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Equal and Exact Justice to All.” VOL. II. NO. 18. NEW MILFORD, CONN., FRIDAY, JANUARY 3, 1874. 4- WHOLE NO. 7 0 Sft(§ntr lAttford iourtial. J.B . JOHIISOII. Editor and PiihllslM. THE j o n r a ^ IS The Best Local anb News Paper n Litchfield County. PUBLSIHEO EVEBT FBIDAY MOBNINQ AT Hew Milford, Ct. TKBM8 OF SUBSCfilPTION TKABLT IN A D V A N C E } $2.00 A dnrtisig Rates verf Modirate, Mfctmg the VOTTBNAI.’ the best adrertiaiog Me-* dlom la Wmtua. ConaecticL Spec'll diaoonnta in oar Batw «re mtde to yearly and firat-claaa Advntlsan. g ^C . LANl>ON, Phot(^rapher, BANK STREET, NEW MILFORD. - COSN, THE AOELPHIC INSTITUTE FOE BOT6-->at New Uilfoid, Conn.. A. S. BOaEES, PrinoipaL Thia Inatitate waa founded in 1M7. and baa ever held tbe beat of patronrge fiom all f«rta of the Un!t«4 States and Soath ABtcrica, «iMl baa aerer loat a pnpiL Being one of the patroaa of the inatitnte, I moat cbeerfolly recommend it aa one of the beat of the kind in Ibe coontty, and well deaerving of p n b l 'C patron* age. Cbarlra H.I>eleTan, Mo. 136 Weat 22dat. Sew York, Oct. 8J, 1878, JAMES H. ilcMAHON, % A ttm q f n d Com silior at L aw ,. Office—Over the Post Office, NEW MILFORD. - CONN. ig^ILLIAM KNAPP, AttonM) and Counselor at Law, BANK STBEET, NEWMIfeFORD, CONN. R. LEAVENWORTH, ^ BBIDGEPOBT, CONH. Dealer ia StovM, Tinware, &c. y>BMtaotttrer o f Tinware and<iener&l Jobber. 8 T R B B T 3 b A M P S , A BPECIALXr. jUmpiM of whifli can be found at Mesvra. An* ttOBf * MeMABOM’d Store, at New Milferd. Whan prloca can baaacwtained and orderaflUed at abort notice. K. B. LEAVENWOBTH. tf SAFES. O O W N T JH E Y G O I $65.00 B ir r s A HEW SAFE. VALEMTINE k BUXLEB’S Alam Patent Fire ProoT and Burglar Proof Safea. Peraona wanting 8af«a win do well to call on me before pnrchaaing alaewhcre. I am bouiikd not to be undevold. Samplea can ba aean by calling on H. L. BRINSMADE, 4tf New MUford, Conn K . E. SHSBWPOD, Licensed Auctioneer, NEW MILFORD, CONX. G. B. BOTSFORD’S DRU6 STOK, can be foond pure Extracta of X/emoa and VaniiU for Soda Water, VanlUa, Ice Cream, etc, oy the pound, dozen or bottle. Farmeta and P b ^ ia n a from tbe c ountry will fladmyatockor Kcdiclnea complete, warranted feanlBe.aadof tbe beat quality. Lhrerf, Sales and Exchange Stable, 54 SoxTTH Matt; S treet, Korses Se Carriages to Ziet. For a reaa(mable comf>ena(tion. Horaea boarded by tbe day or week, to suit coatomera. HORSES AITD CAREIAGES BOUGHT AKD SOLD. BngRica, Phaetons, Sulkies, and Turnouts of every 4eaer4>tiob, alwaya wanted and for aale. CHwmeatriU. When yoa want a nice team fora boaineaaor pleaanre ride, I ahall always be ready to accommodate yon npon reasonable notice. My ataolea are bnt three mlnntea’walk from (he HouaatonK Bailroad Depot. M2 M. E. SHERWOOD, Proprietor. J n s ih a n c e a g en c y . FIBE LIFE AND ACCIDENT Office Bank St., New Milford, ('t. CAriTAL BETBESENTED $ 5 0 , 0 0 0 , 0 0 0 ! PeUdea itaaad at ahort notice, and* losses romptly adjoated: C. A. TODD, Agent. H a l l & E *)a d , . OF B R X D aSPO B T , have reduced t^e^r atock to O O X aX D and are actaaUj selling every article as low as goods were ever sold before the war. All of our Ricli Slll($, Chialis, CABPETINGS, BLANKETS, AND ALL I WANT TO BE A SPANIARD. SENIOR & WAT, H uitt n d Sign Painting, Bralnli$, PAPER HANGING AND KALSOMLMING a spacialty. SV^Alaa, Wagona, Carriagea and Sleighs painted atik«rt Botic*. aie reduced to as low prices as gold or silver will ever huy ttmn, HalURead would inform the people of NEW MIL-FORiD, and r id iu ^ they chare bought $10,000 worth of MddB at the great cash sale of H. B. Claflin’s and will offer the greatest .omjortunity for investing money ever inown to ptirchasera of Dry Goods. We give a tew specimens: Clafiin's |2.75 Black Silks, we shall retell at $1.90. • diagonal Serges, coat 65c. we off«r at %5ci Crosslej’s Tapestry Carpets, formerly $1.50 and $1.60. Claflin’s best patterns we now sell at $1.33. Ingrain Carpets in same proportion. $12 Blaakets for #8,00. $10 Blankets for $5.00, One hundred good Comfortables at $3.00. One hundred good Comfortables at $1.50. Black Alpacas at 30 per cent below any ^^rices ever given. Good Rich Alpacas for 25 cents a yard. 100 Good Styles Ladies’ Shawls, formerly sold at wholesale by ClSflin at $5.00, we offer at $3.00 e ^ . Fiv^^Bidred good styles Scotch Misses S^wls, we are selling at 50 eta. each. Splen^d Icon Fraote Hosiery, at 12 1-^ cts^^^-pair. ~ >^WatnnrttjM|iKB-lins, 16 cents. One case Scot^h'PlSids at 12 1-2 cts. One case silk-warp Poplins, 50 cts. One case Camel’s Hair Cloths, 23 cts. One case Silk-warp Veloarg, formeiiy sold a^ Olaflin’s at $1.'Z6, w*. havft xtiirked tS jcts. All goods in same proportion.. - Hall & Read wish it distinctly understood that all of their KICH SILKS all of their % Choice Drees Goods,. Cloi^ Velvets, Trtnnniag'QUlu « i^ VelreUi Black Alpacas, Blue and Plum Serges, Camel’s Hair Cloths, Sheetings, Table Linens, Blankets, Hosiery, Flannels, Underwear, Cloaki, Cloaking^ Ready-made Suits, Furs, Sealskin Cloaks, Children’s Suits and Cloaks. Are placed on sale at prices which people can come and really feel satisfied that there is no risk about tbeir being lower. Hall & Read would mention the great satisfactionwith which people can visit their Carpet and furnishing Department. The feeMng has been with those about to furaish-that they must wait until specie payments are resumed, but the same principle rules in the Carpet Room. Brussels, Velvets and Hartford Ingrains. The Read Carpet Co’s Ingrains, Oil Cloths, Rugs, Mats, Stools, &c., are all marked as low as gold will ever buy them. The qcestion has been asked why the great establishment of HALL & S9AJ> has been crowded the past lew days: W^hy is it t^a|ti one firm can really take the lead of the government and forestall the times; making such immense sacrifices as they must make to place goods on their counters at specie prices before the resumption? Perhaps explanation is due the public. HALL & RI^I> do fo lari# a>uwiff«^fearthey e * 5% igW s % hint- f#r T>ai%idnS, and although they may lose thousands of dollars in marking down to gold, Miey«re eooifteniily Doying out some unfortunate importer who has had to seU his stoek at half price, or selecting out the-choice goods from the constantly occurring failures; and every day the large sucti(« sales in our g*eat markets present bargains which are carefully watched^ sei^ted from and placed before the The following poetic effusion is from the columns of the New York Sun, and probably reflects the sentiments of many people throughout the country: I want to be a Spaniard, A pirate on the wave, So I can roam the ocean. With gaudy butchers brave. I want to be a Spaniard And plunder Uncle Sam — His quaker friends have made him. As peaceful as a lamb. I want to be a Spaniard, A pirate, hero tar, Whom Uncle Sam will pardoii For sake of Castelar. I want to be a Spaniard, So I can rob and kill, And then let arbitration Foot up the little bill! Wallace Putnam ReeJ. MADE TO “SEE IT.” “1 can’t see it, ■’ said Buffer. “Nobody reads all these little advertise ments. It’s preposterous to thmk it.” “But,” said the editor, ‘7 0U read what interests you?” “Yes,” “And if there’s anything that you particularly want, you look for it?” “Certainly.” “Well, among the thousands upon thousands who help to make up this busy world of ours, everything that is printed is read. Sneer as you please, I do assure you that printer’s ink is the rue open avenue to all business success.” And still Buffer couldn’t see it. He didn’t believe that one-half of those little, crowded adveitiEements were ever read. ‘•Suppose you try the experiment, ” said tbe editor. “Just slip in an advertisement of the want of one of. the most common Ihings in the world. For the sake of the test I will give it two insertions free. Two will be enough; and you may have it jammed into any out-of-the-way nook of my paper you shall select. Two insertions, of only t ^ Will you try it?” Cilff^paid 0f course he would try it .^ Andhe selected the place where he w ^ d hkve it published—crowded in under the head of “Wants.” And he waited and saw a proof of his advertisement, which appeared as follows: WA3STED.--A gooa housedog. Apply to .7. Buffer, 575 Towster street, between th e houTs of 6 and 9 p. ni. Buffer went away, smiling and nodding. On the following morning he opened his paper, and after a deal of hunting he found his advertisement At ^ t it did not seen? at all conspicuous. Certainly so insignificant a paragraph, buried m such a wilderness of paragraphs, could not attract notice. After a time it began to look more noticeable to him. The more he looked at it the plainer it grew. Finally it glared at him from the closely printed page. But that was because he was the person particularly interested. Of course it would appear conspicuous to him. But it could not be so to others. That evening Mr. Buffer was just sitting down to tea (Buffer was a plain, old-fashioned man, and took tea at 6) when his door bell was rung. The servant announced that a man was at the door with a dog to sell. “Tell him I don’t want one.” ( Six times Buffer was interrupted while taking tea by Baen with dogs to selL Buffer was a man who would not lie. He had put his foot in, and he must take it out manfully. The twenty-third applicant was a small boy, with a girl in company, who had a ragged, dirty poodle for sale. Buffer bought the poodle of the boy, and immediately presented it to the girl, and sent them off.T o the next applicant he w’as able to truthfully answer,—“Don’t want any more, I have bought one.” The stream of callers continued until near 10 o’clock, at which hour Buffer locked up and turned off the gas. On the following evening, as Buffer approached his house,he found a crowd assembled. He counted thiity-nine men and boys, each one of whom had a dog in tow. There were dos;s of every grade, size and color, and dogs of every quality of whine, yelp, bark, growl and howl. Buffer addressed the motley multituile, and informed them that he had purchased a dog. “Then what d’yer advertise for?” And Buffer got his bat knocked over his eyes before he reached the sanctuary of his home. Never mind about the trials and tribulations of that night. Buffer had had no idea that there were so many dogs in existence. With the aid of three policemen he got through alive. On the next morning he visited his friend the editor, and acknowledged the corn. The advertisement of “wanted” was taken out, and in the most conspicuous place, and in glaring type, he advertised that he didn’t want any more dogs. And for this advertisement he paid. Then he went home and posted on his door—“Gone into the country.” Then he hired a special policeman to guard his property; and then he locked up and went away with his family. From that day Josephus Buffer never been heard to express doubts concerning the efficacy of printer’s in k ; neither has he asked “ Wiio reads advertisements?”-- » 4 — «--- The steamer Novelty, of New Haven was sold Wednesday last for $1,200 besides the claims, on account of which the sale was made, tD G. R. Kelsey, of West Haven. A NOVEL MARBIAOE CEREMONY. Many of our readers are well acquaint ed with the Rev.* Samuel Scoville, whose native place is our neighbonng town of Cornwall. He married an only daughter of the Rev. Henry Ward Beecher, and for some years has been the settled pastor of the Congregational church in Norwich, N. Y., where his marked ability seems to have been fully appreciated. That the vicissitudes in the life of even a minister of the gospel are sometimes interesting, is evident by the following account of a marriage ceremony, which was solemnized by the subject of the above remarks, on the evening; or perhaps more properly speaking night of Sunday, week, ,(Dec. 14th). From the Qhtruingo Nonoich Union we clip the facts In the case as follows • t It appears that a young lady from the Emerald Isle w'as employed in the family of the clergyman referred to, in the capacity of- a domestic. Being fair to look upon, it was natural that she should have her “feller,” who is also a native of the Green Isle, and who was in the habit of frequently visiting the object of his affections at the parsonage; and his visits were not alwajs agreeable to the family as he was wont to prolong them to a later hour than was deemed proper. On Sunday evening between ten and eleven o’clock, the clergyman was aroused from his slumbers, by a member of his household, and informed that something was wrong in the room of the ‘hired girl,’ that suspicious noises were heard therein, and that without doubt there were two occupants where there should be but one. Hastily donning such articles of clothing as he thought proper for the occasion, the indignant head of the house proceeded at once to the door of the suspected apartment and demanded admitlance. This was denied him by the fair occupant, who promptly informed him that, in her opinion it wouldn’t be proper to admit a person of the male persuasion to her room at that unsesonable l|our. This was considered ‘too thin’ the outside party, and he announced his determination to enter the room ‘peficeably if he could,, forcibly if he mtist.’ Upon this the door was opened, the suprised occupant gracefully retirin* behind it next to the wall. In reply to the question as to who and where her companion might be, she pretested that she was alone— that it was all a mistake. This failed to satisfy her unwelcome visitor, who tm i» ^^1111111(1_1 moved at once towards the bed, and upon turning down ^te covering discloeed the form of the young man he was looking for, who had evidently retired for the night. Our clergyman was equal to the epaergency. ‘Are you a single man?’ he demanded of the gentleman in the bed. ‘I am,’ he replied. Turning tow'ards the door which partially hid the trembling girl,* he asked, ‘Will you marry this man V The repiy was in the affirmative. But it was different with the youth whom he sought to make happy—he didn’t want to marry. Words however were of no avail; the minister had made up his mind that there would be a wedding then and there and he so informed the reluctant swain. If he persisted in declining to be made a bridegroom he would call Sheriff Rorapaugh, who would arrest the stubborn lad and he would be compelled to pass the remainder of the night in a lonesome and cheerless C0L in the jail instead of the comfortable apartment he then occupied. Time was short, and he was requested to choose between the two alternatives. This had the desired effect - visions of gloomy cells with the cheerful sheriff in waiting were too much for him and he gave a reluctant consent that the ceremony p roceed. The blushing maiden was summoned from her hiding place, from which she emerged, her charms scantily covered by her night dress, and approachcd the side of the bed. The expectant groom desired to arise and dress himself suitably for so mementous an occasion; but our dominie, who is a ‘muscular Christian,’ soon convinced him that it was not necessary for him to arise—it was a matter of no sort of consequence. Calling some members of the family to witness the scene, the young man was requested to reach his right hand from under the bed clothes, which he did, and it was taken by the hand of the girl at the bedside. Attired in almost as primitive costume as were our first parents in the garden, and with feelings similar to those which must have been experienced by those ancient parties after they had engaged in the apple transaction, the nuptials were solemnized and the twain made one. Tbe briie and groom were now requested to retire for the night and to be tolerably sure to ‘dig out’ from that habitation at an early hour in the morning—which they did. It is said that there are many ap plicants among the marriageable ‘help’ in town for the situation so singularly made vacant. Whether similar success in capturing a husband awaits those who may obtain the place in future, time will determine.”—Conri. Western Neics. -------- # - 4 --------------------------------- On a rainy day last week, an old lady hailed a horse car on one of the muddy ssreets in this city, when the gentlemanly conductor stopped his car where there is usually a dry cross-walk, and the old lady stepped up on the platform walked across, and then stepped d®wn the other side, remarking, as she did so, that “ she didn’t know what she should have done if it hadn’t been for that car.”—Netc Haven Press. Burglars have been operating in West Haven. JIM CART TO THE RESCT7E. Jim Cary was an engineer who used to run tbe ‘'Reeder” on the Hamilton & Dayton road. He was a blood-thirsty fellow, and when under his management the “Royal” sped through the Miami valley screaming like an eagle. She was the terror of the bovine tribe along the way. Cary didn’t mind a bit about running over live stock, but he said it made him sorry like to run down a man for he hated to help gather him up. One Indian-summer day, when with a mixed train of passenger and freight cars, he was clipping down the road near Glendale, he saw ahead an old gentleman seated on the track, with his back towards the approaching train, reading a newspaper. The elderly party seemed deeply absorbed in what might have been election returns, and did not notice tlse train. Cary’s heart was a little softened that da^, perhaps by mellow sunshine, or by thinking of his wife’s aunt who lay sleeping in the churchyard, and he thought he wouldn’t mash the old man without giving him fair warning, so he shut off steam and jerked the whistle-rop6 vigorously. Still the old gentleman kept on with the election news as if he didn’t propose to be disturbed by a railroad train, or what was more likely, his hearing machinery was out of gear. Cary saw at once that he could neither cill the man’s attention from the newspaper nor stop the train in time to prevent an accident, and he instantly de-ter; nined on a peritous feat, such as he had read in Sunday-school papers as being performed with neatness and success. He would go out on the cowcatcher and save the old man, or loss his own life in the attempt. He accprd-ingly gave his hat to the fireman to hold, together with a message in case of his death, to his mother in-law, that he died bravely in performance of his duty, with his face to the front. Then he spit on his hands, wrote out a few instructions as to the disposition of his property, made some suggestions as to conducting the funeral, tried the water guages, kissed the firemfin good-bye and went forth. Well, Cary went out on the cowcatcher, leaned far.over, and-as tbe terrible engine dashed up, with- one powerful sweep of hlsVarm hurled the old man from the track into the ditch into safety, and Cary swooned, back against the head of the boiler for a few moments. Then the train was- s'qwly backed up to where the old maji jay it\^ the ditch, and the conductor and ’ all the passengers got out and gathared aiUTXIIU', UlTll I! W l'JI I/O ia j Cary, and he swore, and the old man in his old clothes wasn’t hurt a bit being Ez-Karpsr’s Fexrjfin’s Pillow Case o f 'H h in . THE POWER GUAGE. OF SHAKE3PEREAN LAN John Beatby is member of an ama teur dramatic club. All the members of this club on a certain night last week, pledged themselves to use Shakespearean language ou all occasions. John was the prime mover of this resolution. Later in the evening a messenger came from John’s wife—she had been suddenly taken with a cramp. John rushed from the club-room, minus his hat, to the bedside of his sick spouse, where he gave way to a flood of tears. “O, dear John!” said Mrs. B .; “ wanted to ask you one question before Id ie j will you, oW Ikuow you will, promise me thrtt y9K will remain sln« ‘ when I am gone?” John wiped his eyes, which were full of tears. “Remain (hie) single did you say Jane? In the (hie) language of the immortal Shakespeare, ‘ay, marry, will I,’ (hie)!” Jane did not know that “ay, mairy, will I ,” means “indeed, I will,” so she yelled: “Marry, will you? Oh! you nasty, good-for-nothing scoundrel, is that what I hear on my dying bed? is that the respect you have for your dying wife?” Before many minutess Jane was making sauer-kraut with John’s head against the mantel. Having in this manner testified her regard for her husband, she commenced to curl his hair witl^the tonges, and to pencil his eyebrows with the poker. Finally she sent him down the stairs followed by a rocking-chair, two spittoons and a hat-rack, John was seen next morning in the street, having under each eye a beautiful picture of the Blue Ridge Mountains. A friend asked him: “ How’s Mrs. Bentby this morning?’’ John felt for his six-shooter, and the friend did not.wait for* an answer* expressed in labgiiage more forcible than that used by ihe immortal Shakespeare. ; A WOMAN’S DEVOTION. ’William J. ^SJiarkey, who escaped from the Tombs in New ; York, in woman’s dress, was a man whoso face and faultless attire "were familiar to any frequenter of Br^dway. i eraH5^T-^gavded*liS'% hani^sotoe -feHoWT The son of an em.inenlly respectable a ^iss?pafe3^young man^ an3. grewT!^ stuffed with straw, and the rascally boys ^umped up from behind the fence, and ran away through tbe cornfield and escaped.— Cincinnati Saturday Night. -------------► 4 -------------- There is a principle of reaction, an elasticity in every healthful mind that compels it at times to take a cheerful view of things around it, and to see the sun breaking through the clouds. There is an anecdote recorded somewhere which, whether a real incident or not, is frought with instruction. At one of the sittings of a yearly meeting, where there had been some excitement and conflict of sentiment, a fnend endeavored to restore quiet by remarking that it is recorded in Sacred Writ, that the temple of Solomon was built of squared and polished stones, which came together without the sound of the hammer. To which another friend replied that there must have been a great deal of no’ss at the quarries! Let us remember that the temple of Divine Truth on earth is not yet built; that we are at the quarries, where our daily business is to do our part of the work. ---»“*----------- Taking a Ba th.—An Irishman, the other day, was coming up from Castle Garden, where he had just landed, when he saw a trough on the pavement, from which horses are accustomed to drink. The emigrant asked a young man who was standing by what that trough was for. The young man, not pretending to take much pleasure in the information, however replied: ‘What’s that for? Why, that’s a bathtub for the emigrants to wash in when they come from the ship. You see, we Americans erect these here for you fellows to wash in, when you come over.” The emigrant looked at his informer, and then at the trough: “Begorra, its a foine thing—more’n they’d have in England, or Ireland, aither, for that mat-ther. But tell me, is it dacint for a man to wash on the shtrate!” “Well, if you don’t want to wash, go to the d-----‘1!” said the young man, as he walked away with apparent anger. Not many minutes elapsed until the emigrant was taking a good American bath in the corporation trough. So deeply was he immersed in the water, and in his own happy thoughts, that he did not see arag-man roll up his clothes and walk off with them. A policeman seeing something that resembled one of liarnum’s sea lions floundering about in the trough, approached tbe emigrant. “Who in thunder are you? What are you doing naked in the streets of New York?” “G’long, ye omadhaun, ye! doan’t ye see I’m washing myself?” replied the emigrant, rubbing his brawney limbs. An Irishman, wearing a blue coat and a pair of Adam's brceches was seen accompanying a policeman in his shirtsleeves, to tbe station house. That emigrant is prowling around the Castle Garden with a pen-hslder, which he calls a “ shellelah,” looking for “ the feller that tould him to bathe in the sthrate.” New Britain is to tower and bell. have a fire alarm to be a consummate scoundrel. He was a professional gambler, and at various times fitted up faro banks on Broadway and Prince street. lie was frequently very lucky at play and In the managements of his “ banks,” and was reputed to be worth at orte time $300,000. OMate years his fortunes were on the wane. He had made many enlmies among men of his class, and was hated and feared by them. Aspiring to play a bolder game than any known to ordinary gambllng-houses, he went into Wall street, and speedily lost the greater part of his money in spec lation. A year ago he met a fellow-gimbler in a drinking saloon and forced a quarrel upon him. The quarrel was evidently premeditated by Sharkey. The end of the matter was that Sharkey coolly shot down his enemy, and jvas arrested and indicted for murder. During his imprisonment and trial Maggie Jordan, his affianced, was with him every day. His old “ pals” had deserted him, but this woman sold everything sbe owned to supply her worthless lover with tbe means to have luxuries in his cell. During his trial she sat by his side, and when he was found guilty of murder the blow seemed to fall far heavier upon her than it did upon the imprisoned gambler. Sentenced to death, Sharkey’s doom was temporarily delayed while his counsel endeavored to procure for him a new trial. It was finally evident, however, that no new trial would be granted, and the man’s death seemed inevitable. Maggie Jordan, however, determined to save him. Little by little she brought the various articles of a woman’s dress to his cell, and, dressed in the disguise thus provided, Sharkey walked out of prison, leaving his mistress to bear the consequence of having aided him to escape. Bad as the murderer was, the devotion of this grrl to him is something very pathetic. He has treated her cry-elly, but she never w'avered in her leu-alty to him. Now she hns accomplished her task of setting him free she seems happy, and willing to suffer any penalty if he can escape. ---- ^ 4 ----- Salting Cows.—A writer in the Jiu-ral New Yorlcer says that cows should be salted every morning, and, if In the the stable, before foddering, but after taking water. This is the practice of the best stock-keepers in Switzerland; and he thinks quite preferable to salting them once or twice a week, or to keeping it constantly within their reach. Low IiIanoers.—A correspondent o the New York Tribune condemns high mangers for horses, claiming that they irritate the throat, and create a tendency to heaves. He says the manger should bo on a level with the feet, as that is according to nature. —------------------------- The southern young lady who was residing in Bridgeport and was sadly disappointed by the non-appearance of her Texan lover on the wedding-day, has ascertained that his absence was due to his capture by Indians, who at last accounts were going for his hair. F a r m e r s ' O o l - a m r L WlNTKR CABE OP Mn<Cfi COWS.— ToO much care cannot be given the inilch cows during the wint« months; is too often the case tl]^ tibey are sli^it-ed. Let us stop and consider Ae T»hie of a good milch cow dnrisg wint«, and if we appreciate good, n ra milk in winter as we ought, we will soon come to tbe conclusion that she is of great value. The cow should be well supplied with slop from the kitchen, mizM in with meal or bran, and hare pleiaty of good hay to eat, and a good dry b«d to lie on, both for the convenieace of the milker and the comfort of the cow. Do not keep a cow in a cold stable; see that she is comfortable. And b e ^ e s this, one thing more is very essentfaJ , and that is to card the aniaial at least once a day during winter. By so doing they will be kept free from lice. If any are so unfortunate as to have their c^ - tle infested with them, a g(Md recipe is : Take corrosive sublimate, two drachms; rub it down in two ounces of spirits of wine, and add a pint of ma'er. This is strong enough to kill the v e r-' min, but cannot possibly injure the beast. Mic h ig a n Bee-Keefebs.—^The beekeepers of Michigan held their annnal meeting at Grand Rapids, and had a spirited discussion on the merits of one and two story hives. The secretary's report, which is published in the Michigan Farmer of the 9th inst.. Says ihst H. A. Burch uses a one story hive, increasing capacity by horizoiital extension, claiming that by so doing he in- . duced breeding to the utmost possible extent, thus securhig a* l a i ^ yield of honey. On the contrary, Mr. J. Hed-don piles his hives on top of another —two story hives at that^—and by changing frames from one part to another of the sections, he gets the queen to deposit eggs in all parts of the hive, illing every part with brood. He had 16 swarms in the spring; has now 33, and obtained 400 lbs. of honey. He filled his hives in the beginning with comb from which tlie honey h ^ be«i extracted, thus making his beet spend their whole time in gathering' honey. Mr. H. Palmeruses single story hives of from ^,*000 to 6,000 cubic mehes. In 1873 he commenced with 11 swarms; did not allow any swarming, and got /)ver a,000 lbs.- 6f extracted honey. In 1876‘lie* commenced with 6 swarms; bad increased them to 35, and at the same time got about 1,000 lbs. of sur-uses a one story hive with frames only six inches in width. He has daring the past summer, increa3ed his swarms from 5 to 30, and took 403 lbs. box honey. On the question of wintering bees, Mr. A. C. Balch thought they needed very little ventilation; uniformi^ ot temperature is the great requisite. Mr. Palmer puts about ihretf inches of straw around his bees, inside of the hive, separated from the bees by canvas ; then buries them deeply in the snow, ^ving very little ventilation, having good success. Mr. Porter places his hives in a long row, about 8 inches apart, packing straw around between them leaving only the front open. He fills the capa with straw and chaff, holding them in place by one thickness of cetton c l ^ . His bees wintered well, while his neighbors lost nearly all. Bnt ia spring some of his bees left their hives, thna reducing the number from 17 to 10. Mr. Heddon put some of his beesintto cellar, left some out, buried some in snow, and put straw and chaff ar«md some, but could discover no perceptible difference in result. Mr. Knapp’s only difficulty was with the disease callM “ dysentery.” Mr. Bingham took his bees into a warm room daring long-protracted cold weather, heated ap to 106«. The bees had a “fly,” void^ their faces, and settled down again quietly. It seemed to dor them good. L iv e Ca t t l e Mea su b e .—Kale for estimating weight of live cattle:—First see that the animal stands square; then with string, take his circumference just behind the shoulder-blade, and measnre the feet and inches; this the girth. Then measure from the bone of tl» tail, which plumbs the line with the hinder part of the buttock', and direct the string along the back to tbe fore part of the shoulder-blade, and this will be tbe length. Then work the figures thus: Suppose girth of bullock 6 feet 4 inches length 6 feel 3 inches, ^ i c h moltipli^ together makes 23 square superficial feet, and these multiplied by 23—the number of pounds allowed for each superficial foot of cattle measuring less than 7 and more than 5 feet in g i r ^— makes 759 pounds. When the animal measures less than 9 and more than 7 feet in girth, 31 is the number of pounds to be estimated for each superflclalfoot And suppose a small animal to measure 3 feet in girth and 2 feet in length these multiplied together make four feet which multiplied by 11—the nnm-ber of pounds allowed for each sqawe foot when the cattle measures less than three feet in girth—make 44 pounds. Again suppose a calf or sheep, ete., to measure 4 feet 6 inches in girth, and 8 feet 8 inches in length; that multiplied together makes 16 square feet, and these multiplied by 16—the number of pounds allowed for cattle measuring less than 5 and more than 3 feet in girth—make 356 pounds. A deduction must be made for animals half fat of one pound in twenty for those that are fa t; and for those that have bad c^ves one pound must be allowed in addition to the one for not bemg fat, upon every twenty. Dimensions thus taken are sufficiently correct for valuing stock.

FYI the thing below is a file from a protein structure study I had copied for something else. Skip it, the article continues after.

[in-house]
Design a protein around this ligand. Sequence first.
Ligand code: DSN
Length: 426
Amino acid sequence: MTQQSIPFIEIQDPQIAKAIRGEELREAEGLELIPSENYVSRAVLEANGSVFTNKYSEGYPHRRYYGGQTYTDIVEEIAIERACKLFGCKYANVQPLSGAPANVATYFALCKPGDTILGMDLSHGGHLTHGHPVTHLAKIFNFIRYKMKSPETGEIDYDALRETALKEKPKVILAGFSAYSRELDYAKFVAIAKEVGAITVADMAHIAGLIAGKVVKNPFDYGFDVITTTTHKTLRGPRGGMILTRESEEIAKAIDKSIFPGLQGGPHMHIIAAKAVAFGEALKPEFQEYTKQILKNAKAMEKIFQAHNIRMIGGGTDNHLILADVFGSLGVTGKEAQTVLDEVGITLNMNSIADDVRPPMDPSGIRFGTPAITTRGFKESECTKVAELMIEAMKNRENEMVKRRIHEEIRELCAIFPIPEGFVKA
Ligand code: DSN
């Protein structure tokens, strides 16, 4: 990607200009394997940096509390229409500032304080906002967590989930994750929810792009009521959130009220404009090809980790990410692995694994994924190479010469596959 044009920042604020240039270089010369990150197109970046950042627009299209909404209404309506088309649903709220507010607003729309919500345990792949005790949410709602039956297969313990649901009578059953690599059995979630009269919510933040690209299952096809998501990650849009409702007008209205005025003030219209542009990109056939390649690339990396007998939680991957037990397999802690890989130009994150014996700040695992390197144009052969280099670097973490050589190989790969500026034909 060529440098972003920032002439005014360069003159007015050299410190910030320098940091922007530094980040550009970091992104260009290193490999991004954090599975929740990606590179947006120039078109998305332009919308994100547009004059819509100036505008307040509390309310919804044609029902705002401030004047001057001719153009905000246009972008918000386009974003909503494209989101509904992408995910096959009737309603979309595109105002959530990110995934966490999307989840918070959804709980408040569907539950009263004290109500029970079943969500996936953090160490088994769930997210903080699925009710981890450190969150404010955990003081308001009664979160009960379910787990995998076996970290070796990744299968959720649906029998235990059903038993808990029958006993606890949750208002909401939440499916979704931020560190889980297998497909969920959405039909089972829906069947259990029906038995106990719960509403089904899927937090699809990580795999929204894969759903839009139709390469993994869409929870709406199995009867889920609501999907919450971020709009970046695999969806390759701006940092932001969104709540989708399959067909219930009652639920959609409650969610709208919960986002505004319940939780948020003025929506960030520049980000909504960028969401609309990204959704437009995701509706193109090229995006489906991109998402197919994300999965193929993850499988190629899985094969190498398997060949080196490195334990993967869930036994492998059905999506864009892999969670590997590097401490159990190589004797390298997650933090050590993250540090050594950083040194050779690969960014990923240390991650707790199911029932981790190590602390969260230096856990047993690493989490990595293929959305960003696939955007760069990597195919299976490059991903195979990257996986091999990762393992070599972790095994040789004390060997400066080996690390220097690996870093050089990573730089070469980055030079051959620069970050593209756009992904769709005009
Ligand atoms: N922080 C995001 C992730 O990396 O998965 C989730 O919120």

|Title||New Milford journal, 1874-01-02|